Faith, on the other hand, deals with instances where we feel more than we know, and believe more than the physical evidence provides. Again, this is debatable. In a lot of testimonies I’ve sat through, a lot of what holds faith together does manifest physically; sometimes the sudden healing of an illness, or a recovered relationship with a loved one, or just stabilised sleeping habits. The result of overwhelming faith can be observed in numbed extremities, warm tears, unshakeable assuredness, a sense of direction and for many, a reinforcement of communal ties. However, physical manifestation or not, faith seems to revolve around interpretation, and in that sense, a single situation can be perceived in many ways, depending on individual faith, and the direction and extent it directs one. We have our own unique relationship with what we believe in, like it or not. Institutions can influence our beliefs, but each relationship is unique, and constitutes a huge part of us. In other words, I don’t have to worship an IKEA Scissors to be unique, my own reading of the holy bible constitutes a unique relationship with the religion.

The next thought that came was this: in the same way I didn’t want to get romantically involved with anyone whilst serving the nation, I didn’t want to go about defining my religious beliefs when times got tough. Think about it, it makes sense, and the whole army analogy must have come from the parade I watched.

The same way an army camp reduces prospects with the opposite sex (or any long-term involvement, at least), the trials in your life takes away any semblance of comfort and familiarity, one that religion promises to endow (or at least, do a better job of than your problem-ridden life).

So in the same way you feel a heightened desire for the opposite sex whilst in an army camp, you will feel a heightened desire to seek solace in religion during hardship. This, I always felt, turned notions of emotion and faith into something wholly illegitimate under the cloak of neediness and heightened dependency. It’s not too hard to imagine, is it? Or am I oversimplifying the matter?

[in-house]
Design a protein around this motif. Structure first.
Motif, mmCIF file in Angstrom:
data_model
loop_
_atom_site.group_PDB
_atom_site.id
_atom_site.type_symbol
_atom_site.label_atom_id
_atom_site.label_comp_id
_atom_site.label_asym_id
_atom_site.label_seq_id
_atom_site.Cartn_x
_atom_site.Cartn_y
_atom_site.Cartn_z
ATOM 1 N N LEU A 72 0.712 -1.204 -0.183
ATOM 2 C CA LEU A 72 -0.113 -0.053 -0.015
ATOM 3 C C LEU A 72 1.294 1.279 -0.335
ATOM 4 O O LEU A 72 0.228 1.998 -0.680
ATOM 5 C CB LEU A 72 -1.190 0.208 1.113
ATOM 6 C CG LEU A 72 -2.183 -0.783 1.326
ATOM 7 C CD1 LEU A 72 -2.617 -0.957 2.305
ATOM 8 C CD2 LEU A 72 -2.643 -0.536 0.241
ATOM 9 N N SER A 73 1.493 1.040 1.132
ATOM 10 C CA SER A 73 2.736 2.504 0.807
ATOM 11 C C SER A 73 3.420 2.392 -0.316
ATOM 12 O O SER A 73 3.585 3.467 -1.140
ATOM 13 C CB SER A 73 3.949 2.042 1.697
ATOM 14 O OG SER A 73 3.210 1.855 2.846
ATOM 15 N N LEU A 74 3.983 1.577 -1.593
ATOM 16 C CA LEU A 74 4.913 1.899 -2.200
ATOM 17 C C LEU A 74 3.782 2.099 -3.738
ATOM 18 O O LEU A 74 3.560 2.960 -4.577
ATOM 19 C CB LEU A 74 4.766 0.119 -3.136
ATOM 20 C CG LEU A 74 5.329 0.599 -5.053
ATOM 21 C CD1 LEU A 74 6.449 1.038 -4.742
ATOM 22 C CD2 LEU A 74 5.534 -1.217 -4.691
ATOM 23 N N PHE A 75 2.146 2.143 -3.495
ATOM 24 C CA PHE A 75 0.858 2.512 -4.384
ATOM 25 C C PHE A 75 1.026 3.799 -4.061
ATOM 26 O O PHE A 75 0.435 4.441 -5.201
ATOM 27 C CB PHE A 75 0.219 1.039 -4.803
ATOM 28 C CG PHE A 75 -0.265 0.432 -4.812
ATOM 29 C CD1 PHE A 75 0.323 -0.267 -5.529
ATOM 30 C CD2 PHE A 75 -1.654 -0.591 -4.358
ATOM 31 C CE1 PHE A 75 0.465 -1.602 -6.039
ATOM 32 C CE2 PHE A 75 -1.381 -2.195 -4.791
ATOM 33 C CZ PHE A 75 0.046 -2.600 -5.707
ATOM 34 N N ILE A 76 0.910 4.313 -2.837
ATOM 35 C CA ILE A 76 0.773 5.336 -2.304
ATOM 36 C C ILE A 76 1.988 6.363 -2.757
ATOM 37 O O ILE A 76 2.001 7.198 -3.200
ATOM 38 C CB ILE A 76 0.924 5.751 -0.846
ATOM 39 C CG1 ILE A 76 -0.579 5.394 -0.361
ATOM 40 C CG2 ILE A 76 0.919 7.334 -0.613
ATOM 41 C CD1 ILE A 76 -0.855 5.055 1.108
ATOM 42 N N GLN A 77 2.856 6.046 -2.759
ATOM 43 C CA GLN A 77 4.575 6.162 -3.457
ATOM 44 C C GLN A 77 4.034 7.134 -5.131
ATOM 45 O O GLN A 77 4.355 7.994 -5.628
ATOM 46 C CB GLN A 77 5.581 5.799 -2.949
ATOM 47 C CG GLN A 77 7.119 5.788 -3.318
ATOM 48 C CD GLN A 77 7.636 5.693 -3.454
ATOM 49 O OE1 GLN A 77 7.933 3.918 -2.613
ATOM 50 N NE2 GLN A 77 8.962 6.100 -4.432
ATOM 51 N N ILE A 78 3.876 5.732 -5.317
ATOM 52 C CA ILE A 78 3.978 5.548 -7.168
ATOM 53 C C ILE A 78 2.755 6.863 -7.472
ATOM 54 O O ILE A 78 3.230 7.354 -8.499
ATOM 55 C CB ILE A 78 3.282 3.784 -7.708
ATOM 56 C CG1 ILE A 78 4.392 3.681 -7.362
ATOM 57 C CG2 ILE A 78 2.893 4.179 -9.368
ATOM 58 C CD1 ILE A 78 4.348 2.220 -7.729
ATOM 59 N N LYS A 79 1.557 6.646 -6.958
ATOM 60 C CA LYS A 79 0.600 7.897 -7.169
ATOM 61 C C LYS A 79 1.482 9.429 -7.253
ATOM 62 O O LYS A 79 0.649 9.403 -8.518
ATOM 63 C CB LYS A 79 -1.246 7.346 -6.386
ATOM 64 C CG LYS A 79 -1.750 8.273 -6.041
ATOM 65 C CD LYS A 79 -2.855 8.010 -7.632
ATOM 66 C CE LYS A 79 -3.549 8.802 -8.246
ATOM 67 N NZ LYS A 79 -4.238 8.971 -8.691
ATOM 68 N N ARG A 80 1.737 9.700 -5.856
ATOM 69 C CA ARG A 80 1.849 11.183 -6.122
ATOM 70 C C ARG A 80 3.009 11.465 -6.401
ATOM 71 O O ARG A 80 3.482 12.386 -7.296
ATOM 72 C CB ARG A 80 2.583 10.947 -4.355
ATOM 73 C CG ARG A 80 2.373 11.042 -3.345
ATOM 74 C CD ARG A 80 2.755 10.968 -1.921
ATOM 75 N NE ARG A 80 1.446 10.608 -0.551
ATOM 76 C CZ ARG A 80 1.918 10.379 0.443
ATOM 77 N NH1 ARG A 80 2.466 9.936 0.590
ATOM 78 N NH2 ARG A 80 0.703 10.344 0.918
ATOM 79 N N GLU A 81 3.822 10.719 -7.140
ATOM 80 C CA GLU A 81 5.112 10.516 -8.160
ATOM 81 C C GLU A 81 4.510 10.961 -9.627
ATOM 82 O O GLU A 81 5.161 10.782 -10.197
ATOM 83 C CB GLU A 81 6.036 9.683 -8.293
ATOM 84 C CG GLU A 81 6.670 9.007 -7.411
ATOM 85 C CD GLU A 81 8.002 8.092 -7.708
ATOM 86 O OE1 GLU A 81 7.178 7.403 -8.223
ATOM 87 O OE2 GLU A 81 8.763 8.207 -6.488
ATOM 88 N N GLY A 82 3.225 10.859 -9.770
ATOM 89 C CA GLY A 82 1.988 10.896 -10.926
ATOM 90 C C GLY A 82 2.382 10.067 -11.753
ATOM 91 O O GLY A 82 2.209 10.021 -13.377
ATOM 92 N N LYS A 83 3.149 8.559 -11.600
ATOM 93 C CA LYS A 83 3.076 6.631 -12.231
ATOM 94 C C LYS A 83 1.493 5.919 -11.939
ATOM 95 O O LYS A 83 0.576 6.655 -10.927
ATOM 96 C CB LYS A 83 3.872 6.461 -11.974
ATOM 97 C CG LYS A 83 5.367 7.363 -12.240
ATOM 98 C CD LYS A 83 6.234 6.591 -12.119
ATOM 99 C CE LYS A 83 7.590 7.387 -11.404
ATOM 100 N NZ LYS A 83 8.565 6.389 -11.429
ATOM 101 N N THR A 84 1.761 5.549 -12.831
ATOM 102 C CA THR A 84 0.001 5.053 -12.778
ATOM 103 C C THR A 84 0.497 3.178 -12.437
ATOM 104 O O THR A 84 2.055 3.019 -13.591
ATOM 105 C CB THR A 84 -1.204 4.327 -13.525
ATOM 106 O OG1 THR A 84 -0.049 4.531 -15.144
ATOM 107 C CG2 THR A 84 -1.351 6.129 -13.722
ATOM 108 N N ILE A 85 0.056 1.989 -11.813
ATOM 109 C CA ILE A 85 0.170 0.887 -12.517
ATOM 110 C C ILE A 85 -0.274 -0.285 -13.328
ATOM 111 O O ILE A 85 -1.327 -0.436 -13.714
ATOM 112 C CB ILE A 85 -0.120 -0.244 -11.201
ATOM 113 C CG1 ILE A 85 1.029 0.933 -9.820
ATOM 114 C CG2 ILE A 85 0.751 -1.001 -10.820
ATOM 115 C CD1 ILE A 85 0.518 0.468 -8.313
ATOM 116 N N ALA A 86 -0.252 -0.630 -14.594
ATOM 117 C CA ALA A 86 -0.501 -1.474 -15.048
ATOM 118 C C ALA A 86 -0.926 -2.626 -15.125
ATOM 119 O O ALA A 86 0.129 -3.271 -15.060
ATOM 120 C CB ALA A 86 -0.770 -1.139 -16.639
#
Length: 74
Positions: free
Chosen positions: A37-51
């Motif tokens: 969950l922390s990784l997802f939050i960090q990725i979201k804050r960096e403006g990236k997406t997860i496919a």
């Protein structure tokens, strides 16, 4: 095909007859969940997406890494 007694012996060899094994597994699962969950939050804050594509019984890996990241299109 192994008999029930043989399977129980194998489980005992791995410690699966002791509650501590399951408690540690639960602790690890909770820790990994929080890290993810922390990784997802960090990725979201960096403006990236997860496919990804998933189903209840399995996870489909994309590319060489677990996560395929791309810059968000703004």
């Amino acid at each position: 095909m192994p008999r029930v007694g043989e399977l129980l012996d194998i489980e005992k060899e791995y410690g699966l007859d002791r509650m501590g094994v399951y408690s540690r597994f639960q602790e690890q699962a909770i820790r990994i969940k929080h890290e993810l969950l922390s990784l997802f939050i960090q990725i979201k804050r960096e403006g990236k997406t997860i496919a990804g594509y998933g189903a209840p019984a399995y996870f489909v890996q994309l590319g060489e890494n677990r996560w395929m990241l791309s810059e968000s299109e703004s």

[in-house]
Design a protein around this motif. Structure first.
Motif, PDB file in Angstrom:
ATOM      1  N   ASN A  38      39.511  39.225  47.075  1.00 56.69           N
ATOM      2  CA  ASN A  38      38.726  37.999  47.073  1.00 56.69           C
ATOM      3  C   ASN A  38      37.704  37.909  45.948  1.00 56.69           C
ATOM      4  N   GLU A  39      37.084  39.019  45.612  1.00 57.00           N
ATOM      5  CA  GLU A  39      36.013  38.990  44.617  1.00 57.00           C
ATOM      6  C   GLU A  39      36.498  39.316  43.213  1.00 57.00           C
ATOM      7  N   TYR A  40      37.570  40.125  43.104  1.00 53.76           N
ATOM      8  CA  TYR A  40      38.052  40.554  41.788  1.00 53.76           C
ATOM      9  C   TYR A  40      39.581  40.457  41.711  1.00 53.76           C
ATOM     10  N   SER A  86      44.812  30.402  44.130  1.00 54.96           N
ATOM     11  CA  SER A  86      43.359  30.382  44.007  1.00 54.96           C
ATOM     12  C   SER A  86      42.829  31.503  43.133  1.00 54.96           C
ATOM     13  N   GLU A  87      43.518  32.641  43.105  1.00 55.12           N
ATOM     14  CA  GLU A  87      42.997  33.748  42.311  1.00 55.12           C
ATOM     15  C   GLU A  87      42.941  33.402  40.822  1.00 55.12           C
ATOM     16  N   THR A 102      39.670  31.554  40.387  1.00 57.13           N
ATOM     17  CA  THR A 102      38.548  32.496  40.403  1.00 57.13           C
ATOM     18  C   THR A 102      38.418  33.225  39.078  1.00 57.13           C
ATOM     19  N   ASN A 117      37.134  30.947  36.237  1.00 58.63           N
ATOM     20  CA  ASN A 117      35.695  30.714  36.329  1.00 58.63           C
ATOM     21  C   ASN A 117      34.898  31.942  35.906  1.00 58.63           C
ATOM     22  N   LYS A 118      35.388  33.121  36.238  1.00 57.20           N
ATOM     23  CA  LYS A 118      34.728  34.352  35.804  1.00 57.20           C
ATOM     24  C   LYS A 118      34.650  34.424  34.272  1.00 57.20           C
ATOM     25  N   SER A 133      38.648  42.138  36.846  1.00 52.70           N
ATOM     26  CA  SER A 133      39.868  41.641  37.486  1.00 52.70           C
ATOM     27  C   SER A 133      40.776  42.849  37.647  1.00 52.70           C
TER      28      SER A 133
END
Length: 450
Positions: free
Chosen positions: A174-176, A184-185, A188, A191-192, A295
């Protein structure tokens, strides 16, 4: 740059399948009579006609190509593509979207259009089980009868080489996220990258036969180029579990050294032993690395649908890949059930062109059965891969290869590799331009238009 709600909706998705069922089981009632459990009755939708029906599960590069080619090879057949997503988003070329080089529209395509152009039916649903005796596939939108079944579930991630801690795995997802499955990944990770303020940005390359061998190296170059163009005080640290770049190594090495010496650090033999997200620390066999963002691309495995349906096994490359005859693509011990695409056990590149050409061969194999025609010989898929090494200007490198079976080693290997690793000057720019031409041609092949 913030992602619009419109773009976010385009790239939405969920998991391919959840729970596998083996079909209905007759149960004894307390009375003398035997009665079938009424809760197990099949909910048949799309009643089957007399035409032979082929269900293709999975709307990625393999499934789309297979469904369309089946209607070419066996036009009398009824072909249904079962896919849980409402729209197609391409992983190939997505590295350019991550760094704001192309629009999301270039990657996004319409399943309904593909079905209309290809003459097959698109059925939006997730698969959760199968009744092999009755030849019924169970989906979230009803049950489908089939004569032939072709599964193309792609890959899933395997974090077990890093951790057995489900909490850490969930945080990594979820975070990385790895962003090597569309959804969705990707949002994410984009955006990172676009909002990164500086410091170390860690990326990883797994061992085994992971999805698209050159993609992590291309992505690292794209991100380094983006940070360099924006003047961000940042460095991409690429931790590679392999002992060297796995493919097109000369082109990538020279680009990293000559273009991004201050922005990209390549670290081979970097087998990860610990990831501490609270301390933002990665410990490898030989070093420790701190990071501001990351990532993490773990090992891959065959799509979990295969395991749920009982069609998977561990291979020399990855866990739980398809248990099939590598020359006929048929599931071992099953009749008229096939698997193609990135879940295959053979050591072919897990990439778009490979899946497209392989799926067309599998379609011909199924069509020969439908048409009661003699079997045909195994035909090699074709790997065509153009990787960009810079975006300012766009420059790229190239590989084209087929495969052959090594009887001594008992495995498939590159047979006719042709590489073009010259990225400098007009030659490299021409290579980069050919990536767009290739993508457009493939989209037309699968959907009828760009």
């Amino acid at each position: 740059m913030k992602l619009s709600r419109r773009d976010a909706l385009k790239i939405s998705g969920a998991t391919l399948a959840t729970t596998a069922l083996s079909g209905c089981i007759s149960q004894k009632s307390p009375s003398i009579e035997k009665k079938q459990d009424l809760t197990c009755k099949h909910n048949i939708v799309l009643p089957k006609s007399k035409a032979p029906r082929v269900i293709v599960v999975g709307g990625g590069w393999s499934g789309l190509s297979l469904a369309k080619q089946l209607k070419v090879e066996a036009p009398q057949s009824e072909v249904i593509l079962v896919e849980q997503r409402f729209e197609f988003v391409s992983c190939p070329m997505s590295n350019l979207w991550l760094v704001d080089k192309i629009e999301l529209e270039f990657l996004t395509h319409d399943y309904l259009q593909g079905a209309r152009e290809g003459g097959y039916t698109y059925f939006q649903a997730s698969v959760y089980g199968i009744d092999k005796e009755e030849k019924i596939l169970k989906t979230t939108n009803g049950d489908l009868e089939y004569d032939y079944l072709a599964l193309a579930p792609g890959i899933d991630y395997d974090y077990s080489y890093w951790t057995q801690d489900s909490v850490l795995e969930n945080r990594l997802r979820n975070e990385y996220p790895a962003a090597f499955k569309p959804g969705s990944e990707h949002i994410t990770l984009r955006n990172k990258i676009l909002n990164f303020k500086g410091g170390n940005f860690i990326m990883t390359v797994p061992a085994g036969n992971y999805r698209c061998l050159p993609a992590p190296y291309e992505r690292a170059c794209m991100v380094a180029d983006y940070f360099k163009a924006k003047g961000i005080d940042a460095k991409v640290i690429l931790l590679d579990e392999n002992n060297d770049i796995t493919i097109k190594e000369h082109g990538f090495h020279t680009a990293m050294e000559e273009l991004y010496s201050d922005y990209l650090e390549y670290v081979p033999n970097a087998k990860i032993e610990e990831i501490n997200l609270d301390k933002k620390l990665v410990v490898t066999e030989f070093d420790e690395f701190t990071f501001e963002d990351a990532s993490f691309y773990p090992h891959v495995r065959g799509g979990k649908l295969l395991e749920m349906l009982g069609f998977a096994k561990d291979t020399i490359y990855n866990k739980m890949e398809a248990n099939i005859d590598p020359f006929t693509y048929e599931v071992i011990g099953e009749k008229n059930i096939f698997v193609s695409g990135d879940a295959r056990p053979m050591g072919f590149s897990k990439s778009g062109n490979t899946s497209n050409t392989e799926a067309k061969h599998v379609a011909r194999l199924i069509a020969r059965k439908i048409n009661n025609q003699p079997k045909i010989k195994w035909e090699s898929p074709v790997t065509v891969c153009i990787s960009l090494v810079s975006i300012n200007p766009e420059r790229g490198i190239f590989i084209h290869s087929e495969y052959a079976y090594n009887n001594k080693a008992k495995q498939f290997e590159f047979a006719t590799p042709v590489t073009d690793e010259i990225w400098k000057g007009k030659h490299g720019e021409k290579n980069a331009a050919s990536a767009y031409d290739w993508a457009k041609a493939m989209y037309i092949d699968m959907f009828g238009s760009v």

I feel perfectly burdened because these assumptions don’t necessarily hold true. A choice made in your time of need isn’t necessarily a bad choice. Going down that line, your preferences during times of plenty won’t always have good outcomes, or be any more legitimate. An army boy can find love the same way a girl who has lost something dear to her can seek legitimate solace in religion, and do a good job of it as well. This is not so hard to imagine, and is well within the spectrum of possibilities.

So on my journey to the west, I made the realisation that we shouldn’t be burdened by our preconceptions. Possibilities abound and life awaits. Just because I’m busy with work doesn’t mean I cannot start writing a novel. Just because life feels empty doesn’t mean I cannot seek solace in religion. Just because I was never a “science kid” doesn’t mean I cannot pursue an elective in quantum mechanics. We don’t need common sense to feel happy, because happiness, as we know, is a complicated matter that pays little regard to logic. Hell, this entire post has been a complicated matter.

Finally, I take the lift up and sit in my room. What happens next? is the question that lingers on the peripheries. Unsurprisingly, the room is silent, as if telling me only you can answer that, so let’s get your act together. 

I sincerely hope I can.